Recall the substitution notation we have been using:

denotes the term , with each simultaneously replaced by the term . For an equational presentation , inducing a monad , consider a pair:

where denotes an equivalence class with representative term . We can then write the action of the first double strength map in terms of representatives and substitutions as:

and the second:

Therefore, the resulting monad is commutative if and only if for all , the following equality is provable in equational logic:

We shall call this **the commutativity condition**.

The substitutions can be made a bit easier to read with a change of notation. For two terms , let and be a choice of enumeration of the variables appearing in the two terms. We can then write them as

and writing substitution in the natural way, the commutativity condition becomes:

That’s an awful lot of formal notation and brackets to deal with. Let’s consider some implications of this condition to build intuition for what it means in practice.

**Example**: Consider a presentation with binary operations and . The action of the double strengths on and are:

and

If the monad is commutative, the following equality must be provable in equational logic:

As a special case of this observation, any monad presented by a binary operation must satisfy the following equation:

If is associative, this boils down to:

The only difference between the two terms is the order of the middle two constants, so this equality will certainly hold for any associative commutative binary operation. This condition is satisfied in many natural algebraic structures, and does exhibit a very weak relationship between commutative operations and commutative monads.

An instructive boundary case is the following.

**Example**: Consider two terms in which no variables appear. These are constants in our equational theory. The commutativity condition implies that:

as all the variable substitutions become trivial. **Therefore any equational presentation of a commutative monad can have at most one distinct constant term**. We have already encountered this phenomenon. The exception monad is only commutative when there is at most one exception constant.

“Constant counting” can be a quick way to discount the possibility that a monad for an equational presentation is commutative. For example the monads corresponding to commutative rings or rigs (semirings) cannot be commutative as they have distinct constant symbols for the additive and multiplicative structures. These are further natural examples of monads with all the binary operations in the signature commutative, but the resulting monads are not commutative.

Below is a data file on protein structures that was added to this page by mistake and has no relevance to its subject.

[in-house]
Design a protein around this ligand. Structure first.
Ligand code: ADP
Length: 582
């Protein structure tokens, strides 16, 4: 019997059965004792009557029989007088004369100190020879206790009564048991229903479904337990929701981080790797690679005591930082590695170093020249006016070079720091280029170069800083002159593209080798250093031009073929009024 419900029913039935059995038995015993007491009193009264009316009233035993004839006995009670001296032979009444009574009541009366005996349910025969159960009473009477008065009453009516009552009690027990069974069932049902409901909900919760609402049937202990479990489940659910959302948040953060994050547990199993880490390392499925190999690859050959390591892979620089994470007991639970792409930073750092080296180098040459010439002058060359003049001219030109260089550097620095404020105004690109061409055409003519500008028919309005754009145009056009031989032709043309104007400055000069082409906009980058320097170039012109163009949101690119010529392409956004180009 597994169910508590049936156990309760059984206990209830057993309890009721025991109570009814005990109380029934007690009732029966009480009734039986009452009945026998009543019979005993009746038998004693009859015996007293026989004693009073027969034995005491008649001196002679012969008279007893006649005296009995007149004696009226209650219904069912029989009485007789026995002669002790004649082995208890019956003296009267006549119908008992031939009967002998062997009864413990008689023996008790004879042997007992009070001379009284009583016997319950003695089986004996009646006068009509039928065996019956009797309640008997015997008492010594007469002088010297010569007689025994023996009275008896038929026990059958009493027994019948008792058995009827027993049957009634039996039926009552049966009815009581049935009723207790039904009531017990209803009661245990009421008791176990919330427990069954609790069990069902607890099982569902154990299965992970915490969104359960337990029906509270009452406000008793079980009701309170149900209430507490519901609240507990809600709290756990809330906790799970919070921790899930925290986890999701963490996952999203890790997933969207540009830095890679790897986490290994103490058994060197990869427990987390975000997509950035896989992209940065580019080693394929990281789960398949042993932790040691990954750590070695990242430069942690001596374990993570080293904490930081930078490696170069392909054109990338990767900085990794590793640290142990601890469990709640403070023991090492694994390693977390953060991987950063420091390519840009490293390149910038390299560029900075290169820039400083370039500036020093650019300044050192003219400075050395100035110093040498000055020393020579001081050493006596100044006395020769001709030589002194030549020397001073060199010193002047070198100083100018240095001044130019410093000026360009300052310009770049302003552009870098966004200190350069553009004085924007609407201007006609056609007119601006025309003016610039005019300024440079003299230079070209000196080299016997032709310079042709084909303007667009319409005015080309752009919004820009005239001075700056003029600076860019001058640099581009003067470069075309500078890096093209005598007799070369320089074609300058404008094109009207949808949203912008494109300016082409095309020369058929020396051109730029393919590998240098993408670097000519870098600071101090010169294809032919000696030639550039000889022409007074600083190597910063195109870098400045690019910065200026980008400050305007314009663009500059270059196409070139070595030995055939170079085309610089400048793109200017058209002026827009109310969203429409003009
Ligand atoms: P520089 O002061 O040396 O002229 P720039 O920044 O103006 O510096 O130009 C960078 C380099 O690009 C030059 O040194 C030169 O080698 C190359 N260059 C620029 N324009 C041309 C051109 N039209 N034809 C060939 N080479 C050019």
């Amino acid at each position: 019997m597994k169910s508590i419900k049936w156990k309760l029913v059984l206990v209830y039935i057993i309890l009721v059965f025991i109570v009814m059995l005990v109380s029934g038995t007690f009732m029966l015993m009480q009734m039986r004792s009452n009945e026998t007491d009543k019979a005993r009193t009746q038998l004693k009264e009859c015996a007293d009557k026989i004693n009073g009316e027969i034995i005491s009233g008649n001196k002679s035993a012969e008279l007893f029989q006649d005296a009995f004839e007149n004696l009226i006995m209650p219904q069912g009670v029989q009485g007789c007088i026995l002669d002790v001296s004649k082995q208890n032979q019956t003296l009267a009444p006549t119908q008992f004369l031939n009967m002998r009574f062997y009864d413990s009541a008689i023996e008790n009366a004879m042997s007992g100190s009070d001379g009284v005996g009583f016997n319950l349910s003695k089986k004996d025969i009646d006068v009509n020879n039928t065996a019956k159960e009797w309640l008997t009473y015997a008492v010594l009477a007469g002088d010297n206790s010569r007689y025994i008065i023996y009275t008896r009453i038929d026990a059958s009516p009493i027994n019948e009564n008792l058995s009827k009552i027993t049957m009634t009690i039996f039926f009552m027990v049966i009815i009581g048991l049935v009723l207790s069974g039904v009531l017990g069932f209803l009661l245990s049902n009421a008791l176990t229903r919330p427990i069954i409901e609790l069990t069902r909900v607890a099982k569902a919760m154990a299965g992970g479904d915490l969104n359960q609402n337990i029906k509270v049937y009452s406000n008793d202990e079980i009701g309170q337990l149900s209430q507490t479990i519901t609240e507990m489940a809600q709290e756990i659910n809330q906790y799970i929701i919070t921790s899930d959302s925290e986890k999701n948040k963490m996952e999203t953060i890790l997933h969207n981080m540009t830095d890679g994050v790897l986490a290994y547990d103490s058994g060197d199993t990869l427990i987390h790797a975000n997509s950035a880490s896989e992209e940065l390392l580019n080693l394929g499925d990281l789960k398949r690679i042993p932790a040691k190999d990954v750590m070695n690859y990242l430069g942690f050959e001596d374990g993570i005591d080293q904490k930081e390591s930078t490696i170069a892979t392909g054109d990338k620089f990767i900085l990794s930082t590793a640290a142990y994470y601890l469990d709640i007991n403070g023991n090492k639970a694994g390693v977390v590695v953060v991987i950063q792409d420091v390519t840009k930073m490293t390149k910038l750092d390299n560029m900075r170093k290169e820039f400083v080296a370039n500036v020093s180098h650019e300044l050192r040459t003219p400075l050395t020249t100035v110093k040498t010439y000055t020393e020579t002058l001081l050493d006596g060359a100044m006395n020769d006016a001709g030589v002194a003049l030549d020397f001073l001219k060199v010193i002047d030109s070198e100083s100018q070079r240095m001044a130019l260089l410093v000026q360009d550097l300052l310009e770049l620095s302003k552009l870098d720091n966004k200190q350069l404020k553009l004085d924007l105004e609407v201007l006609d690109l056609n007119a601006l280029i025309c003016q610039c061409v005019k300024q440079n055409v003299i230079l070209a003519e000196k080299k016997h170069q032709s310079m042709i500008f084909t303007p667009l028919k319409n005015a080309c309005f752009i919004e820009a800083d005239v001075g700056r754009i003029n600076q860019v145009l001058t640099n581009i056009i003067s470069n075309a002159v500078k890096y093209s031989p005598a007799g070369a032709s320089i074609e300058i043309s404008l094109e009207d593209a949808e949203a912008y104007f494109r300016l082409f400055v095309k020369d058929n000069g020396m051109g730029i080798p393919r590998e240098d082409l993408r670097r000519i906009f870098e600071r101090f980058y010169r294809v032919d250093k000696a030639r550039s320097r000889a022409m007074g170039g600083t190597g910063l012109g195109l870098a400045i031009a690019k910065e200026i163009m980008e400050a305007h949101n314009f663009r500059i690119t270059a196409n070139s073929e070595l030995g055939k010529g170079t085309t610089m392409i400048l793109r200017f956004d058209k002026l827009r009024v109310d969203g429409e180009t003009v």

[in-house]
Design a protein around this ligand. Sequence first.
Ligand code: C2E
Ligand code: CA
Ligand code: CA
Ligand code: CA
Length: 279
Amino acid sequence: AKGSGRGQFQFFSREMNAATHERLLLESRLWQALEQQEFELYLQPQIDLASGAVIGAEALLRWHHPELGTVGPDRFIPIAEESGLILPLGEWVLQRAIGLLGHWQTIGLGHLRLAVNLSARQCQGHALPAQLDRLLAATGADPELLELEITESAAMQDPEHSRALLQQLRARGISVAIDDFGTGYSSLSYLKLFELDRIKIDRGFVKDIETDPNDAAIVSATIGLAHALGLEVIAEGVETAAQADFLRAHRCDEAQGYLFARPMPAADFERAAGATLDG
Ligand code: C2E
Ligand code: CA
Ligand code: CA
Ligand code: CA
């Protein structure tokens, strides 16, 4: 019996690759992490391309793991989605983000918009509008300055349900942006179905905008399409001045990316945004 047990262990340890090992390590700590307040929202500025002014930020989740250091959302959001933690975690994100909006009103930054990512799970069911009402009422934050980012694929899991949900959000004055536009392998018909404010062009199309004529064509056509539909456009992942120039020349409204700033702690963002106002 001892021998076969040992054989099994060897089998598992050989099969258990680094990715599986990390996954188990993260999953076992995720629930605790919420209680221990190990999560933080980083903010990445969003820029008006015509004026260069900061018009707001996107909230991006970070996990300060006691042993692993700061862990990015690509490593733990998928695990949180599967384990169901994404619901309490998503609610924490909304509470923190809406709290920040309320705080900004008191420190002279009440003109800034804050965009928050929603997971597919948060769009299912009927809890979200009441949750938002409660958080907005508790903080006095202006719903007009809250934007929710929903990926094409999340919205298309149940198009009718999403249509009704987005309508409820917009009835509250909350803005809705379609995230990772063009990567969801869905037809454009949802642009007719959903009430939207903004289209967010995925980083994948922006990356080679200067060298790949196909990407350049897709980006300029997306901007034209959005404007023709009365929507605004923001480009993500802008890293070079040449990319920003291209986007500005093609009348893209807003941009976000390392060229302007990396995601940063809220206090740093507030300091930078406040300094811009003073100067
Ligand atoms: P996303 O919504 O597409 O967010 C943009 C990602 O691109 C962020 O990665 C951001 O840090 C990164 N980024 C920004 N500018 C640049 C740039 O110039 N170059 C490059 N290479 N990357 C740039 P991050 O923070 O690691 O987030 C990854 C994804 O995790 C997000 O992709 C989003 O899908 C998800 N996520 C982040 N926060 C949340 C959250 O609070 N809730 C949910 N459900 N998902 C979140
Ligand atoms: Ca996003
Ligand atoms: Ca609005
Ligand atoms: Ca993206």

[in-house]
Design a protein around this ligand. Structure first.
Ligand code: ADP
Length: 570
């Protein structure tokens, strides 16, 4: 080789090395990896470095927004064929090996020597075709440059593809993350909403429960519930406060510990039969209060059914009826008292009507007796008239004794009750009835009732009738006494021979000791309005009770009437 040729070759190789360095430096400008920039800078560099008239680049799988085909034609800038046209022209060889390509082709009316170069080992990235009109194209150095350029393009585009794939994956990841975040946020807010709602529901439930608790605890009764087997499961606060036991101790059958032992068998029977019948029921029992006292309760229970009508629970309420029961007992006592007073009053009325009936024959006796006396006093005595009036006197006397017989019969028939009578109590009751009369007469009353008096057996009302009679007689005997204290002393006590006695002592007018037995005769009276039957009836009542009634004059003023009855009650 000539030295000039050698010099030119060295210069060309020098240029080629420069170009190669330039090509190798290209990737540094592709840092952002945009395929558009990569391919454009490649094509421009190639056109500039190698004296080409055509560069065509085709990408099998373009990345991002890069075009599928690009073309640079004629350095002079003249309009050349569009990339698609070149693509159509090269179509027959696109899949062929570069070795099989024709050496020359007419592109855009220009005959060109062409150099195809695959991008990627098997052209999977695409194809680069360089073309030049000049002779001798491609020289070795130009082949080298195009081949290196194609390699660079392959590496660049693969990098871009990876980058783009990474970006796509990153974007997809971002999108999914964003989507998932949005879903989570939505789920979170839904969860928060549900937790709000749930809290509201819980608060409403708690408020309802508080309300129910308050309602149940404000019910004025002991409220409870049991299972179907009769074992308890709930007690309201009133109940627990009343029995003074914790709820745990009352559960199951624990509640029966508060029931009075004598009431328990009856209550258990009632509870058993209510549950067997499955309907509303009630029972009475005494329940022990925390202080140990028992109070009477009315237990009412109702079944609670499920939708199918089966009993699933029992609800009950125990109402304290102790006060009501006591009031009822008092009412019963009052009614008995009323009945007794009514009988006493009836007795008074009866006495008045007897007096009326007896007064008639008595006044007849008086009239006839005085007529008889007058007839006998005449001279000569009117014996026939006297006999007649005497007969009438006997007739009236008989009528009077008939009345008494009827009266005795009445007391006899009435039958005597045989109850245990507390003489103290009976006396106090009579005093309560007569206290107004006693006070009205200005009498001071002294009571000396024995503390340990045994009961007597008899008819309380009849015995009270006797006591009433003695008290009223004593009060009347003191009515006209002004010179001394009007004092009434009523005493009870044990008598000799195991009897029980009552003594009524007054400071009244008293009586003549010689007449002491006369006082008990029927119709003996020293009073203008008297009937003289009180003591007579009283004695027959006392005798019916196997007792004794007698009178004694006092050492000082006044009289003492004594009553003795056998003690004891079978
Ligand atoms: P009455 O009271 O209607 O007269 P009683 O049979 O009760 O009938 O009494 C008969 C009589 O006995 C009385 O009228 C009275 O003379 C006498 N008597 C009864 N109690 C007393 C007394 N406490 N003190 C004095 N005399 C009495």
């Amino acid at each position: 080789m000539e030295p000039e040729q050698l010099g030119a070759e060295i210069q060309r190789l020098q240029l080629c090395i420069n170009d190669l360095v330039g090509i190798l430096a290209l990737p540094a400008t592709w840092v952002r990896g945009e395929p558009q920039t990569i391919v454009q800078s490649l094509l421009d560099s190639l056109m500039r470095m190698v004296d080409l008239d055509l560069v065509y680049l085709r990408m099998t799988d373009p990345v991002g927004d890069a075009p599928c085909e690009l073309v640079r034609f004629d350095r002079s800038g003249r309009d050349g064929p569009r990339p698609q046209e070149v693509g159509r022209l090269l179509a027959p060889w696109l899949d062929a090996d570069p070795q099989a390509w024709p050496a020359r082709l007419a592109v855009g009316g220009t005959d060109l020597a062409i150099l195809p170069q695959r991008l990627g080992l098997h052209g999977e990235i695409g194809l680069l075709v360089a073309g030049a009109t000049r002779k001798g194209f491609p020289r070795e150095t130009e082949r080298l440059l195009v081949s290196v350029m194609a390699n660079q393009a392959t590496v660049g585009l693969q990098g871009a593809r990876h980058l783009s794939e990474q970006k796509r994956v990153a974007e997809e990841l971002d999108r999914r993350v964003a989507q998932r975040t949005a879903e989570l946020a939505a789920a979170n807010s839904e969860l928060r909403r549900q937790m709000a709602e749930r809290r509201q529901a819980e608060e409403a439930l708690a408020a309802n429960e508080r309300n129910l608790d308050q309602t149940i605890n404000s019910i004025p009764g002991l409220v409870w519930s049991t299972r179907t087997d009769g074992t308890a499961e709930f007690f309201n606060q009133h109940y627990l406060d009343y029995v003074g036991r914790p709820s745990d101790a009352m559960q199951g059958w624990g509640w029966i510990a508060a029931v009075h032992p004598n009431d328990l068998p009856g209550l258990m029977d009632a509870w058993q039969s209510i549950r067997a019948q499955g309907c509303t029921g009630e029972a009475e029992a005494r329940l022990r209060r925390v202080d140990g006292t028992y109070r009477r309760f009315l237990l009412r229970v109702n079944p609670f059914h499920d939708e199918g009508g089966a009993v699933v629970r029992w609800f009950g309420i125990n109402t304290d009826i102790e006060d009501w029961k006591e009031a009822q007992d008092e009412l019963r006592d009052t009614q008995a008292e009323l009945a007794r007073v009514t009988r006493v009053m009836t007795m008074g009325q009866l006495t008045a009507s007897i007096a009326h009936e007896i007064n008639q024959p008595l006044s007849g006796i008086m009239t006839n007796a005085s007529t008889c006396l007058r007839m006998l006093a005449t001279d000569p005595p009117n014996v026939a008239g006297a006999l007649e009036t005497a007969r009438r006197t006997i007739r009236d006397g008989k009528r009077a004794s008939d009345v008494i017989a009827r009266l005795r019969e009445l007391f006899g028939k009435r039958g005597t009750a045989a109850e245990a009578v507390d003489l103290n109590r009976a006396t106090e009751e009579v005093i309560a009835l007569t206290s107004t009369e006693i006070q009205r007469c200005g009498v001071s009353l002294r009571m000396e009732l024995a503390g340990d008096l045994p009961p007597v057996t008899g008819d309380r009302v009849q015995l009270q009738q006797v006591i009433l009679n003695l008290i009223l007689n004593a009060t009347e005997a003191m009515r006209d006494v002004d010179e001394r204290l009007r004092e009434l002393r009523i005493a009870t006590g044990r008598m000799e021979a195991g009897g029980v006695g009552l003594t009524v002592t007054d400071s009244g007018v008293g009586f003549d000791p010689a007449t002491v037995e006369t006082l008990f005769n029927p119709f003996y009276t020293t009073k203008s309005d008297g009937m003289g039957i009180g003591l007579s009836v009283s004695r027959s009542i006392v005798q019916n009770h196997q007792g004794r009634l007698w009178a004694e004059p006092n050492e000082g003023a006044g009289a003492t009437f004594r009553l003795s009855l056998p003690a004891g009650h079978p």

Another simple case is worth considering.

**Example**: Let and be terms in which only one variable appears, say and respectively. Then the left hand side of the commutativity condition is:

and the right hand side is:

So for to be commutative, each pair of unary terms must satisfy .

As an application of this special case, we introduce another commonly considered monad. For a fixed monoid the **writer monad** has:

**Endofunctor**: The endofunctor is the product .**Unit**: .**Multiplication**: .

Computationally, this monad can be seen as encoding computations that also record some additional output such as logging. The monoid structure combines the outputs from successive computations. Algebraically, it corresponds to actions of the monoid .

The writer monad has an equational presentation with one unary operational symbol for each element of the monoid, and equations:

- .
- if and only if in the monoid.

Using our observation above, the writer monad is commutative if and only if the monoid is commutative. So in this case, we do see a strong connection between the monadic and algebraic notions of commutativity.

Another useful boundary case is to consider what the commutativity condition means for variables.

**Example**: Consider a variable and an an arbitrary term . The left hand side of the commutativity condition is:

and the right hand side is:

So variables always satisfy the commutativity condition with respect to any other term. With hindsight, maybe we should not find this too surprising.

We will now consider an important example, which will point the way to getting a better handle on the unpleasant looking general commutativity condition we deduced above.

**Example**: We now consider an equational presentation with a constant term and a binary term and a unary term . The equations yielded by the commutativity condition for the pairs and are:

we can simplify the second condition by renaming variables, and we arrive at the conditions:

These conditions should hopefully look familiar, they are exactly the equations we require for to be a homomorphism with respect to and .

We now aim to make the connection with homomorphisms from the previous example precise by making two observations:

- For positive natural and set , the term induces an -ary operation on with action .
- Similarly, the term induces an -ary function with action

The homomorphism condition is equivalent to saying that the -ary function induced by is a homomorphism with respect to the -ary operation induced by . In this sense, the commutativity conditions can be rephrased as **all the terms are homomorphisms with respect to each other**.

From the algebraic perspective **a monad is commutative in the sense that all terms can be commuted past each other as homomorphisms**.

## 2 thoughts on “Commutativity Algebraically”